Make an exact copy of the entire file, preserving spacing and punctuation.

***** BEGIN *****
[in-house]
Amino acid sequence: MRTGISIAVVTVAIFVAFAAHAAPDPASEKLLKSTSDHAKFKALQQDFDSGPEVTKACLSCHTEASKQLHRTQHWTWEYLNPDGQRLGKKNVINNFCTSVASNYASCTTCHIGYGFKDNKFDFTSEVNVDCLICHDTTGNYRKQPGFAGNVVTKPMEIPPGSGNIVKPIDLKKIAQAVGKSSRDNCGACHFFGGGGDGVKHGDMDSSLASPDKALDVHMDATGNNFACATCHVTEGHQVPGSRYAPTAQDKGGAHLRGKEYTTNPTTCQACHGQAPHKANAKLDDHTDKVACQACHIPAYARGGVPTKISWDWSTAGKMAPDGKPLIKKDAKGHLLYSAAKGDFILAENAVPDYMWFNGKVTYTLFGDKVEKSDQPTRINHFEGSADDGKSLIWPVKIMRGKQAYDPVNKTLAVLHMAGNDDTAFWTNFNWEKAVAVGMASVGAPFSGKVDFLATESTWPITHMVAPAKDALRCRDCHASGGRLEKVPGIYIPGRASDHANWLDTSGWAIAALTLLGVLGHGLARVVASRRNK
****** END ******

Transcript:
[in-house]
Amino acid sequence: MRTGISIAVVTVAIFVAFAAHAAPDPASEKLLKSTSDHAKFKALQQDFDSGPEVTKACLSCHTEASKQLHRTQHWTWEYLNPDGQRLGKKNVINNFCTSVASNYASCTTCHIGYGFKDNKFDFTSEVNVDCLICHDTTGNYRKQPGFAGNVVTKPMEIPPGSGNIVKPIDLKKIAQAVGKSSRDNCGACHFFGGGGDGVKHGDMDSSLASPDKALDVHMDATGNNFACATCHVTEGHQVPGSRYAPTAQDKGGAHLRGKEYTTNPTTCQACHGQAPHKANAKLDDHTDKVACQACHIPAYARGGVPTKISWDWSTAGKMAPDGKPLIKKDAKGHLLYSAAKGDFILAENAVPDYMWFNGKVTYTLFGDKVEKSDQPTRINHFEGSADDGKSLIWPVKIMRGKQAYDPVNKTLAVLHMAGNDDTAFWTNFNWEKAVAVGMASVGAPFSGKVDFLATESTWPITHMVAPAKDALRCRDCHASGGRLEKVPGIYIPGRASDHANWLDTSGWAIAALTLLGVLGHGLARVVASRRNK